Great Britain Olympian Richard Leman says that today’s current players should cherish their cap numbers just like New Zealand’s All Black heritage.
Ahead of the Tokyo Olympics, The Hockey Museum has been able to finish a huge volunteer-led project, by logging nearly 1,000 matches played by Great Britain’s men and women and identifing all 581 players to have so far worn the shirt in an official international fixture.
The statistical project took five years to complete as the Museum created a definitive record of GB matches that would allow caps to be awarded and individual player numbers to be calculated.
“We are all part of the same history and heritage,” said Leman. “It is like New Zealand rugby … with the shirt that you wear and who has worn the shirt before you.
“The stories that you have, it is unique.
“People have put a heck of a lot of work in as unpaid volunteers and to come up with a list of names is a great achievement.”
The project will continue as the focus now turns on to the Home Nations, a much bigger undertaking seeing as they have played a lot more international hockey.
“Everyone involved should be hugely proud of their efforts to bring this work together for the good of the sport,” said Great Britain Hockey’s Chief Operating Officer Nick Pink.
Story of the hockey cap
The phrase “Winning a cap” for playing sport, usually associated with representing one’s country, is generally more abstract than real. When a player finishes their career it will often be said that they won a given number of caps, however more accurately, this figure is appearances and the THE player will only ever have received one cap to commemorate their first appearance. This depends on the sport but in hockey the actual presentation of caps has been extremely occasional over the past 100 years, certainly since WW2.
Prior to WW1, though caps were quite widely presented in hockey, not only for international appearances but at Divisional, Club and School levels. At The Hockey Museum we have a number of photographs of caps at these levels although, sadly, few have survived the ravages of time.
It is generally accepted that “Caps” originated at Rugby School in 1839 and were worn by players as identification kit. It enabled fellow team players to distinguish each other in a scrummage and not get mercilessly hacked down by their own team-mates.
It does beg the question as to how the players maintained their caps on their heads in such a rough situation! Caps became extensively used in the public schools and universities and soon became the presentation of choice at international level.
In rugby, caps were awarded at the first ever international match in 1871 between Scotland and England and, in football, caps were first awarded in 1886. In hockey, we know that the Irish began issuing caps to players in 1895 and we believe these to be the first in our sport, although England followed soon after.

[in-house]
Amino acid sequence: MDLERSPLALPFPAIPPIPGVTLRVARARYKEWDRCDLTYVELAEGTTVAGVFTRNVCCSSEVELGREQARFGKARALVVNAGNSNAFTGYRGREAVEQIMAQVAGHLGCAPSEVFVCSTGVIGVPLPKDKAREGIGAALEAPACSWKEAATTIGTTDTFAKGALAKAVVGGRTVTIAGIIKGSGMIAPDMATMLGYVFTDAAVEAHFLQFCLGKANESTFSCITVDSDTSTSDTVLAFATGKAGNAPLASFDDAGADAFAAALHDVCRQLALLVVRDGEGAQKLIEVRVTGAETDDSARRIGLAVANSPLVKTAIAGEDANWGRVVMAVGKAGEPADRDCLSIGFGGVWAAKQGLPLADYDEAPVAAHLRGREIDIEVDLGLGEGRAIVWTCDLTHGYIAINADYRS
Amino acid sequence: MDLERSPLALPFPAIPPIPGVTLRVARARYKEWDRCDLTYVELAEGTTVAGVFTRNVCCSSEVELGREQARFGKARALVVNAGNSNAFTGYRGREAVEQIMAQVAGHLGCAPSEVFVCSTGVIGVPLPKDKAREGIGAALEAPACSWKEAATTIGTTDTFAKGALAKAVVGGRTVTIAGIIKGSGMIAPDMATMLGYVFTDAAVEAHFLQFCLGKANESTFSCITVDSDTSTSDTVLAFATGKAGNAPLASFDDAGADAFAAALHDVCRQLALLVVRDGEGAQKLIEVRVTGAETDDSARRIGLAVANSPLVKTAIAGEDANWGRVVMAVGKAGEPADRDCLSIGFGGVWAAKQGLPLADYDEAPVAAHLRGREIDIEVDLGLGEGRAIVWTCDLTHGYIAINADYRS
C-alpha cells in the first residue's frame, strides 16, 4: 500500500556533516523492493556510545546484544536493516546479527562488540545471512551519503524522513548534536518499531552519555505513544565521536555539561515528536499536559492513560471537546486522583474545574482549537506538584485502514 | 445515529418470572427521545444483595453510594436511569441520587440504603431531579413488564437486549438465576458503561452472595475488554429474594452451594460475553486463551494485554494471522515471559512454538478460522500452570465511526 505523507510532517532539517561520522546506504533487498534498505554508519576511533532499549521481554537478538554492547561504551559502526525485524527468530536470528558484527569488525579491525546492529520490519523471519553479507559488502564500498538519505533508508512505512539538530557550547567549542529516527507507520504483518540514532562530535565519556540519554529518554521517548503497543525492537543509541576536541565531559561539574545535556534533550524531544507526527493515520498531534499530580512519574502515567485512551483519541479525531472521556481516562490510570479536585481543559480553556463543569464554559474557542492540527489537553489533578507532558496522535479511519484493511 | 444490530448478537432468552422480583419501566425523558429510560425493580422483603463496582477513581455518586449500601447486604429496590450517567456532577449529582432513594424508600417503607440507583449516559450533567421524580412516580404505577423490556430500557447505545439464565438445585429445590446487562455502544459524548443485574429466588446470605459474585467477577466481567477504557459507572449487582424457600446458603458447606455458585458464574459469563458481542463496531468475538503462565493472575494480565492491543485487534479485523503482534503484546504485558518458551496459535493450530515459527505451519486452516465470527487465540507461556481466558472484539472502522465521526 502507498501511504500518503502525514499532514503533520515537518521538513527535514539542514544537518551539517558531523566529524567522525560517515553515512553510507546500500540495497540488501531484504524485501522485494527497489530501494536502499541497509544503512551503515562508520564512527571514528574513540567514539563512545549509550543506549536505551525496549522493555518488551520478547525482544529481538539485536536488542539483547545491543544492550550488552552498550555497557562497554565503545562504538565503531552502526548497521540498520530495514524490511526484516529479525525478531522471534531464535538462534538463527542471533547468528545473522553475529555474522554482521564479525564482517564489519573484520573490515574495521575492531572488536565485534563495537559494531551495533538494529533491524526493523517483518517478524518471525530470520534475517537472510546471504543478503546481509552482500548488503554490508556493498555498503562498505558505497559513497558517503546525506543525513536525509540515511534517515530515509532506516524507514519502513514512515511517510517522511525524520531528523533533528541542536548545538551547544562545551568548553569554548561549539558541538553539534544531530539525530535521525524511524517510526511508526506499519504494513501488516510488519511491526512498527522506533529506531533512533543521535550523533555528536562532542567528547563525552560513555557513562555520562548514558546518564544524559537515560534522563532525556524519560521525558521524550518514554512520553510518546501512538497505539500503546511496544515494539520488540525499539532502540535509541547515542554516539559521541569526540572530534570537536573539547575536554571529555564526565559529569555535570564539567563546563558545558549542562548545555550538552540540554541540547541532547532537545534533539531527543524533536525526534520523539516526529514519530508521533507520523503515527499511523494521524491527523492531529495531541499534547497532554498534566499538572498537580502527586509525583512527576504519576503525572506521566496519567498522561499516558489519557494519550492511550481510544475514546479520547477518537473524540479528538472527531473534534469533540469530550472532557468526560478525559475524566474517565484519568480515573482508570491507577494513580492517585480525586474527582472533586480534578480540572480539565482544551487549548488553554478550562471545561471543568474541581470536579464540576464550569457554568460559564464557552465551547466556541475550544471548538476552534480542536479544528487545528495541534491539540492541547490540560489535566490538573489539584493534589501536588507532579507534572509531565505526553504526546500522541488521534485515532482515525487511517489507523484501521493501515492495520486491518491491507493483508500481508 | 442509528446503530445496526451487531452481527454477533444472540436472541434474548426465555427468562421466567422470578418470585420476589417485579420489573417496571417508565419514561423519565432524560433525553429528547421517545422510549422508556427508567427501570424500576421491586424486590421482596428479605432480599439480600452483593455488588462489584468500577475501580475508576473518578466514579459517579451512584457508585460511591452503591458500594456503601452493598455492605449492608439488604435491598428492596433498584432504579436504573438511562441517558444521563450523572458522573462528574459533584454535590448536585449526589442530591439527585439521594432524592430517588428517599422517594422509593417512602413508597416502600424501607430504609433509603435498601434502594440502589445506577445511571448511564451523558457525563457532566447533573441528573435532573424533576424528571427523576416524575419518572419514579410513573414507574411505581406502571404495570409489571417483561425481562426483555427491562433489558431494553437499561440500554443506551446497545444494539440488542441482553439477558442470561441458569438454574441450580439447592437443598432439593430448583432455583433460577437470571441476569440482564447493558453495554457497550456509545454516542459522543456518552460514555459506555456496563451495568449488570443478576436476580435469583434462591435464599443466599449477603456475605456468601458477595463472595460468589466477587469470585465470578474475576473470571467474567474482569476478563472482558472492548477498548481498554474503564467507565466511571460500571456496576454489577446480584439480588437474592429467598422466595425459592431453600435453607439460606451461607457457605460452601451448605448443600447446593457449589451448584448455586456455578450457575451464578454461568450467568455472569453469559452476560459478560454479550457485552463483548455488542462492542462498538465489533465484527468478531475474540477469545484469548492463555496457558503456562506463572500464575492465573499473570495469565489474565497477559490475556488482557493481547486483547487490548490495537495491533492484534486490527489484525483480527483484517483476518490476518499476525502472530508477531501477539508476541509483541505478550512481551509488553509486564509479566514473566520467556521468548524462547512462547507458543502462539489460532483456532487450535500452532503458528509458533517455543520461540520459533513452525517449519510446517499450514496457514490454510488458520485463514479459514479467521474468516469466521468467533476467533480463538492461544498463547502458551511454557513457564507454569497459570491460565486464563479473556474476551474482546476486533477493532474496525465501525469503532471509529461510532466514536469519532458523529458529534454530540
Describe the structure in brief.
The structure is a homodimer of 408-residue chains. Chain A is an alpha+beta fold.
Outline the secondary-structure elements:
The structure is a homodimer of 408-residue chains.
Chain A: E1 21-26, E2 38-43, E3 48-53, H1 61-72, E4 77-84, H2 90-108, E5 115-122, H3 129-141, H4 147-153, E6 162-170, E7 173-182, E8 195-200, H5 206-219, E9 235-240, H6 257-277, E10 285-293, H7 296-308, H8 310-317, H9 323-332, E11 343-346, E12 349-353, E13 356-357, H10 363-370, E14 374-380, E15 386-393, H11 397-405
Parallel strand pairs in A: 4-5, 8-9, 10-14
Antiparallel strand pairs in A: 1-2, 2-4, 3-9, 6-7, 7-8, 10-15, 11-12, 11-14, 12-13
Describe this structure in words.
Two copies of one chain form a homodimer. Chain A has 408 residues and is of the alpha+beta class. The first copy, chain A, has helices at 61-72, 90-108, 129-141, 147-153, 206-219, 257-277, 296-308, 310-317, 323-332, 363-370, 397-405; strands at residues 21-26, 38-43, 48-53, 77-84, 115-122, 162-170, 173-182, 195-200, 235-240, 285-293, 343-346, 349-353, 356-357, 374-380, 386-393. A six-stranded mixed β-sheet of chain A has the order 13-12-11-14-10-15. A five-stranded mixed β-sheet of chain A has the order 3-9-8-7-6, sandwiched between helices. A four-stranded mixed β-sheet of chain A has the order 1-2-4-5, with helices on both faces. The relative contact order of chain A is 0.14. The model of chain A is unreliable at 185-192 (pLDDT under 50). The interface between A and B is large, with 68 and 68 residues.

At The Hockey Museum we are very fortunate to have a volunteer cap specialist in Elton Riches. His own collection is mainly rugby caps but, when he heard of our interest in the topic, he offered to help us. Through his investigations he realised that one of his collection that he thought was a rugby cap is in fact a Welsh hockey cap from 1906. He made the discovery during reference to publications in our library, proving that green Welsh caps are for hockey.
Our other illustration is the Scottish hockey cap awarded in 1911 to Dr John Cattanach who was a double international, representing his country at both hockey and shinty. He went to war as a medic and died at Gallipoli. His story will be featured in Hockey’s Military Stories.
The search for more hockey caps
When Riches and The Hockey Museum decided to work together to find out information about honours caps being issued in hockey, it was always going to be a long mission.
On a research mission at the Hockey Museum library, Elton located a black and white photograph in a publication from 1898 showing the Welsh men’s hockey team wearing honours caps. The caps appeared very similar to those awarded in rugby. Elton had a similar cap in his collection which was green and had previously been advised by the Welsh Rugby Union that there was no record of a green cap ever being issued by them.
And so the work began. Starting with the initials inside the cap “WEJ”, the library’s match statistics resources led us to W.E Jones. With assistance from Hockey Wales further information about him came to light. Rev William Edwyn Jones won his first cap on 10 Feb 1906 and final cap on 8 March 1913. He played for Christ College Brecon and Aberavon and Llandudno clubs.
Further collaboration identified that, contrary to accepted belief, the early Welsh teams did indeed have green as a prominent colour in the early years.